Clare Chapham’s article, “If you don’t take a job as a prostitute, we can stop your benefits”, in the Guardian was forwarded by a friend; Todd Zywicki at Volokh also comments. Some see this as an argument for keeping prostitution illegal and others as evidence of a nanny state that can’t afford to keep up welfare payments with a 10% unemployment rate. My friend believes prostitution should be illegal. I am less opposed.
The essential problem, however, seems to me that coercion in many ways – some petty and some not – are likely to come when a state casts “safety nets” broadly. I don’t see how it can’t be coercive–if we do not have to face the bad consequences of our choices then soon the state will recognize that to survive we must not be allowed to make bad choices for which it takes the consequences. But life is full of complicated choices – is it a bad one to take unemployment pay and not work or is it a bad one to enter one of the more unattractive and dangerous professions (even ignoring the spiritual problems many might have). However, if we want the state’s money then we need to prove we “deserve” it by interviewing for jobs. And frankly, as a taxpayer, I do think that some requirements for such checks isn’t a bad idea.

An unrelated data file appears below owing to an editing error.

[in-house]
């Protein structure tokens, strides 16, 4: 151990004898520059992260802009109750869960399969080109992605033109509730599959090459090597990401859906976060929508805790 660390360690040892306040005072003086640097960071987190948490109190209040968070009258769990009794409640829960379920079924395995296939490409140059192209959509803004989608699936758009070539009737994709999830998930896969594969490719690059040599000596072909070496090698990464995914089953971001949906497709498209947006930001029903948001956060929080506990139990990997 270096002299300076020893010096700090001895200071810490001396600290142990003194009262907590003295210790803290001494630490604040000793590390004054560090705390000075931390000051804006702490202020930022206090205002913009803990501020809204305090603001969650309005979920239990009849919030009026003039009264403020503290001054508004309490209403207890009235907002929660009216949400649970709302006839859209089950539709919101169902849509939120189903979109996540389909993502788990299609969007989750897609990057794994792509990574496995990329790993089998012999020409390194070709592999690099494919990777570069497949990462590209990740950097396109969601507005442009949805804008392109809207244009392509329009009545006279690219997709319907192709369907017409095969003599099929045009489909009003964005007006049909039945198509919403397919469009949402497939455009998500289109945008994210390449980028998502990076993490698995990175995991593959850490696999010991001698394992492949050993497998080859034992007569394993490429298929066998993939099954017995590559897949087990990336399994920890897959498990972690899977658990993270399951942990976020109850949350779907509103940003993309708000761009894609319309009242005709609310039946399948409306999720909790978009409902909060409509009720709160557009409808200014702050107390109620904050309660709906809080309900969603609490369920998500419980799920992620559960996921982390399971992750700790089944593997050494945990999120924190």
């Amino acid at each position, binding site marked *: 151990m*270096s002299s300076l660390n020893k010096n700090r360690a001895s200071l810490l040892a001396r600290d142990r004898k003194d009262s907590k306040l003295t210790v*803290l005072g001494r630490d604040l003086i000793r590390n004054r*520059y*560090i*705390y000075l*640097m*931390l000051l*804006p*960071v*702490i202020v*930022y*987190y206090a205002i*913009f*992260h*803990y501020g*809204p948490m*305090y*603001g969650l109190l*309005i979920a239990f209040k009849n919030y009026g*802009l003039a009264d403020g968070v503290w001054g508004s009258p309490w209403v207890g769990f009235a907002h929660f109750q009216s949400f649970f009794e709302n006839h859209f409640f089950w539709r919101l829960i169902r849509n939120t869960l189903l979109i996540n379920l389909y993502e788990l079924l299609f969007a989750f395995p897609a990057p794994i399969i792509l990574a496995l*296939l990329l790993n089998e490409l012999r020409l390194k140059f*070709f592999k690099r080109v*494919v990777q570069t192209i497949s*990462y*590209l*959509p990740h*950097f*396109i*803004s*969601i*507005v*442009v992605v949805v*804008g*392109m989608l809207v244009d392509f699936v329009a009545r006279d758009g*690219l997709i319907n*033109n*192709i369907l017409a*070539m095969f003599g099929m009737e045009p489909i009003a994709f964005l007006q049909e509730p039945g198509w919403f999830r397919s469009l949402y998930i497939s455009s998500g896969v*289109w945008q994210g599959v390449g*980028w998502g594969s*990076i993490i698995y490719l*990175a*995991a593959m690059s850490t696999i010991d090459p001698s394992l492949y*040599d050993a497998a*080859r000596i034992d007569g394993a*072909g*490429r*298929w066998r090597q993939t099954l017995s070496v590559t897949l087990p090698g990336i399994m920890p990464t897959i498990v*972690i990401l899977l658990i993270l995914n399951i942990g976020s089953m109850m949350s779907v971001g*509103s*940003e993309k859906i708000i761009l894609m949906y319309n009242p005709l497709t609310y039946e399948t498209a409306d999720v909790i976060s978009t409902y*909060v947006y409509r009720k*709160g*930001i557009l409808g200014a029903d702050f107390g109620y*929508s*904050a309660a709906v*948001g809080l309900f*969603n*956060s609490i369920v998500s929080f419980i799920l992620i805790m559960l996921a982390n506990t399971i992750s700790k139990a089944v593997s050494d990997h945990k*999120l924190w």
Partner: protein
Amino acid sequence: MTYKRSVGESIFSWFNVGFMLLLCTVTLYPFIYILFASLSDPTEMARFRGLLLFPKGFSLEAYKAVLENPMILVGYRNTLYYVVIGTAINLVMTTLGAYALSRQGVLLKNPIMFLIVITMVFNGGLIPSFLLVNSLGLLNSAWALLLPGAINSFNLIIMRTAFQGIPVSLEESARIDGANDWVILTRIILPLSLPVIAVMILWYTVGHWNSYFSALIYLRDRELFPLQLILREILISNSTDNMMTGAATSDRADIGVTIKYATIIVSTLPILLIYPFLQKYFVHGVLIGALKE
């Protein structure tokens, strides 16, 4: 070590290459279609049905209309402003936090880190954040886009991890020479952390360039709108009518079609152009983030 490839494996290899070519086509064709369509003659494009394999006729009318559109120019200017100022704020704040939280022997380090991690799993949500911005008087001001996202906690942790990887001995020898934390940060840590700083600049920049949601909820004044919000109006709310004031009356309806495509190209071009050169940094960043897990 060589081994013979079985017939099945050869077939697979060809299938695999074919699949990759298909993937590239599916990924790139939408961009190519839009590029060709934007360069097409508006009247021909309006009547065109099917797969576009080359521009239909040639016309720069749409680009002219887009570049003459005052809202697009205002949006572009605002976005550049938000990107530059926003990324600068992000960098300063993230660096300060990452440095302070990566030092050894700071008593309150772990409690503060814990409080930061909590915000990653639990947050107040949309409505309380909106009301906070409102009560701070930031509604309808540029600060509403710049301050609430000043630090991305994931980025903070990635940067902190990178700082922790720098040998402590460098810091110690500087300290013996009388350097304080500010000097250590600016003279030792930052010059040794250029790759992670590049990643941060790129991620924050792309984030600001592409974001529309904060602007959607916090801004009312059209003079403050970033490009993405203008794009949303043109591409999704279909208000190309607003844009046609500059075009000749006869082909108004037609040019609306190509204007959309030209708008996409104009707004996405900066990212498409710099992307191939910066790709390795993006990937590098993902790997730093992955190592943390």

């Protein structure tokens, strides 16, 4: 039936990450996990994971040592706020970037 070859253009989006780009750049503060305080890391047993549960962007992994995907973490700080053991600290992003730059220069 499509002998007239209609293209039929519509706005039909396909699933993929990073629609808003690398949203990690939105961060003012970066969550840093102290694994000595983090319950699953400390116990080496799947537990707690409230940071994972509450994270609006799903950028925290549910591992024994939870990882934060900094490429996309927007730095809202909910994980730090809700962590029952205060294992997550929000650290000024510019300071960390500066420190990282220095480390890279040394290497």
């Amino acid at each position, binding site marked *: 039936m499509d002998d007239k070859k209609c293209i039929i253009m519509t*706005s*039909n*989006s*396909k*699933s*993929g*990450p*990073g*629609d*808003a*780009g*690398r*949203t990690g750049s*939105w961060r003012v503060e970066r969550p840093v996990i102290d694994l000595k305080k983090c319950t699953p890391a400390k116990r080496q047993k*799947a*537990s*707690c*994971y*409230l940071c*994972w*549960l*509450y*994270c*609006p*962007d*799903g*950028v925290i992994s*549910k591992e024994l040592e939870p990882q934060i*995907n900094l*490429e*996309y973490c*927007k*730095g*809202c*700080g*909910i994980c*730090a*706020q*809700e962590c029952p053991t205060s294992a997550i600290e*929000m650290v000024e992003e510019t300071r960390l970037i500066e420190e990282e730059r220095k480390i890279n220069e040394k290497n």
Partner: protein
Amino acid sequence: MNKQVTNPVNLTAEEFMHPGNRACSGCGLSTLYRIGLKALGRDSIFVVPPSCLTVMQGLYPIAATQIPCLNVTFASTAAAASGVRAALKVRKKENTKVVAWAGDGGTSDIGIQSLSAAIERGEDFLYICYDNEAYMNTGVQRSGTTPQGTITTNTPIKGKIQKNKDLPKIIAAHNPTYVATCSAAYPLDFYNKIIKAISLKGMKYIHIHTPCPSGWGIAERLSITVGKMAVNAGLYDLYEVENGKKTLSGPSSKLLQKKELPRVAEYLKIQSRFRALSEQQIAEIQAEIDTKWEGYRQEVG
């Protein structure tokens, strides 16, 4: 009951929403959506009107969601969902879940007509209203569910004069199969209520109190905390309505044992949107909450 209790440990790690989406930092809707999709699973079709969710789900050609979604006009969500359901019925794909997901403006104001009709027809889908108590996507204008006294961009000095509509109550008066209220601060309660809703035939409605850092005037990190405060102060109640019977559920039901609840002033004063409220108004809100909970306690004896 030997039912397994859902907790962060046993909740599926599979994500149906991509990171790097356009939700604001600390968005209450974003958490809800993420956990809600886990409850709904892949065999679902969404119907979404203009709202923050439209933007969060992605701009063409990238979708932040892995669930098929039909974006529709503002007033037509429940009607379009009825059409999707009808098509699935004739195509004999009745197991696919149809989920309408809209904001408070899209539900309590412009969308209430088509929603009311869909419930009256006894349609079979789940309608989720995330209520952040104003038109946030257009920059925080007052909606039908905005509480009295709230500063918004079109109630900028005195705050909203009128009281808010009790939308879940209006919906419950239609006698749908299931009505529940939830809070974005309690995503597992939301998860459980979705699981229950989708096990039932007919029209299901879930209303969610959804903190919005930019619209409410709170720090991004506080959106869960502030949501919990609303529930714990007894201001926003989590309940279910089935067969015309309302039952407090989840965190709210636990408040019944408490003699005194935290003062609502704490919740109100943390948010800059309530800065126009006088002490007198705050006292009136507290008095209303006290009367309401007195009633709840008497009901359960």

I would prefer a world, however, where people felt work was dignified and sought it without the government’s push, where people felt prostitution (even though legal) compromised them and they had a strong enough sense of self not to compromise themselves. A world where, in other words, we made our own choices and took our own consequences.
But this brings us to another characteristic of broad state regulations: reputation and peer pressure count for nothing; everything is either approved and therefore encouraged or not – and then made illegal. Laws then govern all. Nuances that arise from peer pressure, the pressure of traditions, of our own peculiarities, of our own desire to say “I prefer not” will be submerged by what must be. We will do as we should–or someone will want to know why. This leaves little room for our petty vices and eccentric life-choices. Such a world is likely to have few compromises in the rules – only compromises in the self.